SEE CLASSIC NEW YORK THROUGH THE LENS OF LEGENDARY PHOTOGRAPHER BILL CUNNINGHAM AT THE NEW-YORK HISTORICAL SOCIETY
Bill Cunningham: Facades On View March 14 – June 15, 2014
NEW YORK, NY (February 26, 2014) – This spring, the New-York Historical Society will present a special exhibition celebrating the creative intersection of fashion and architecture through the lens of a visionary photographer. Bill Cunningham: Facades, on view from March 14 through June 15, 2014, will explore the legendary photographer’s project documenting the architectural riches and fashion history of New York City.
Beginning in 1968, Bill Cunningham scoured the city’s thrift stores, auctions and street fairs for vintage clothing and scouted architectural sites on his bicycle. The result was a photographic essay entitled Facades (completed in 1976), which paired models—most particularly his muse, fellow photographer Editta Sherman—posed in period costumes at historic New York settings.
Nearly four decades after Cunningham donated 88 gelatin silver prints from the series to the New-York Historical Society in 1976, approximately 80 original and enlarged images from this whimsical and bold work will be reconsidered in a special exhibition curated by Dr. Valerie Paley, New-York Historical Society Historian and Vice President for Scholarly Programs. The exhibition will offer a unique perspective on both the city’s distant past and the particular time in which the images were created, examining Cunningham’s project as part of the larger cultural zeitgeist in late 1960s-70s New York City, an era when historic preservation and urban issues loomed large.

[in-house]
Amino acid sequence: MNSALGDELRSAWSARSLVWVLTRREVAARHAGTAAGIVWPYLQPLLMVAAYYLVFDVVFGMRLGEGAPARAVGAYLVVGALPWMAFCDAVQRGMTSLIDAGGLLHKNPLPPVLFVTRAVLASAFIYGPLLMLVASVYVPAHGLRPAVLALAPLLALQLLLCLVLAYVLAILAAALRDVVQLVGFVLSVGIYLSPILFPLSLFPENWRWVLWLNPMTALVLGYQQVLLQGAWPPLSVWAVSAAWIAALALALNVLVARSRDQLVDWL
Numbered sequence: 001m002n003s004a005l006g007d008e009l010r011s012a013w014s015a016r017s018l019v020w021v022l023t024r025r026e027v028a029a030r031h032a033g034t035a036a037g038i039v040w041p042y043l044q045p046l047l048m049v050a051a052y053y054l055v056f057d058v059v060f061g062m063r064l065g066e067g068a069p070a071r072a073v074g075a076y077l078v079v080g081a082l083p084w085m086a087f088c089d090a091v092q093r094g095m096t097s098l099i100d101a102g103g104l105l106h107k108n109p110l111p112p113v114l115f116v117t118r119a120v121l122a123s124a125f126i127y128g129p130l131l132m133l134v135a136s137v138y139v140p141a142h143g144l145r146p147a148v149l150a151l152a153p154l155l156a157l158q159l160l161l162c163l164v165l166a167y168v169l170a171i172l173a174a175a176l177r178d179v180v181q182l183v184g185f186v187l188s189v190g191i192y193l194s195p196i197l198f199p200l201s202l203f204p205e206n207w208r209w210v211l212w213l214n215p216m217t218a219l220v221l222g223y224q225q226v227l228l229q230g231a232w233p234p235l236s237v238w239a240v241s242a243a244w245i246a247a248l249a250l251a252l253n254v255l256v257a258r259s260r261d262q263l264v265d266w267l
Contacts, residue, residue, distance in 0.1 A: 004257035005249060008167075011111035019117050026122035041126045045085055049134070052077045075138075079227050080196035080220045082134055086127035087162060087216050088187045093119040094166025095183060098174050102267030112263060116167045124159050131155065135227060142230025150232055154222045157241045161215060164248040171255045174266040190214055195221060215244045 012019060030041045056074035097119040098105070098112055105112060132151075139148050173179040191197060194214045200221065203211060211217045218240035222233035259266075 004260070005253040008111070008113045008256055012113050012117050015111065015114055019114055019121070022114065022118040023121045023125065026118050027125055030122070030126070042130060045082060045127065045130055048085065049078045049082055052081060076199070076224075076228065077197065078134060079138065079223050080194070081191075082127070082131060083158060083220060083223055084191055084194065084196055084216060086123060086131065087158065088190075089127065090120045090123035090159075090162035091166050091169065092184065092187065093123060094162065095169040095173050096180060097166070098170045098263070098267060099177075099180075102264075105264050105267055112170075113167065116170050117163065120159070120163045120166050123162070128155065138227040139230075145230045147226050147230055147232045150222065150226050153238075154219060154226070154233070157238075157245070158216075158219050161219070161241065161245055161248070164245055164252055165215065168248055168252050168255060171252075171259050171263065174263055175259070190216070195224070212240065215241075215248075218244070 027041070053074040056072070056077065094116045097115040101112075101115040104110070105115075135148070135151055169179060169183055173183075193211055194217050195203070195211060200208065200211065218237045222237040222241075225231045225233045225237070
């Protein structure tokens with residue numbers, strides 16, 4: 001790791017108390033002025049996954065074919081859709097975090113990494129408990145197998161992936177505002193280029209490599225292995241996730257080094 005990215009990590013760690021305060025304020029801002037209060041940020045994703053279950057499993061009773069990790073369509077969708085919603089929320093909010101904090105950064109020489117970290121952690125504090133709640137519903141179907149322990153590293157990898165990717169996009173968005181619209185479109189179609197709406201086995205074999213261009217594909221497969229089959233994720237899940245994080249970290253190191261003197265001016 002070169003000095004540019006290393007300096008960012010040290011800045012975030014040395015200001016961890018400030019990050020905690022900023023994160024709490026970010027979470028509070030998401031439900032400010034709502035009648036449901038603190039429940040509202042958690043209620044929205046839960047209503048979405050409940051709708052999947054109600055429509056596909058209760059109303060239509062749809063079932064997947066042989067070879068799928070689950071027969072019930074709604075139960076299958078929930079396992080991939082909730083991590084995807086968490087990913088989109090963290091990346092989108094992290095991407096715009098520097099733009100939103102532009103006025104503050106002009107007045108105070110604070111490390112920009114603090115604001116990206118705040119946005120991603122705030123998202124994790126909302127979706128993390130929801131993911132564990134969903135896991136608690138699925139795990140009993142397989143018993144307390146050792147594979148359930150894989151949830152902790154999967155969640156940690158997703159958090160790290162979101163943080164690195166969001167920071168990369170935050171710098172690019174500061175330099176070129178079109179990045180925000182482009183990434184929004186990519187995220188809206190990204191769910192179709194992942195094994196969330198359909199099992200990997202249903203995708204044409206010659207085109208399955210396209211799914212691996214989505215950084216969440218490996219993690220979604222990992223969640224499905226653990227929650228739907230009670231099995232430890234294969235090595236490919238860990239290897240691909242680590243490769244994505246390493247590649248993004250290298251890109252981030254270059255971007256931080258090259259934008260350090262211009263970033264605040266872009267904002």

“We are thrilled to feature these important photographs by New York Times photographer Bill Cunningham, who captured an uncertain moment in our city’s history, when New York seemed on the brink of losing its place of privilege as a capital of the world. Cunningham’s vivid sense of New York’s illustrious past and his unfettered optimism about its future make the photographs among the most dramatic and important documentation of the city’s social history,” said Louise Mirrer, President and CEO of the New-York Historical Society. “The exhibition is especially timely, as Mrs. Editta Sherman, Bill Cunningham’s muse for his project and the famed ‘duchess of Carnegie Hall,’ passed away last November 2013 at the age of 101. Mrs. Sherman’s indomitable spirit, humor and creativity are powerfully felt through the photographic images. We are gratified that many of her family members will be with us for our opening exhibition event.”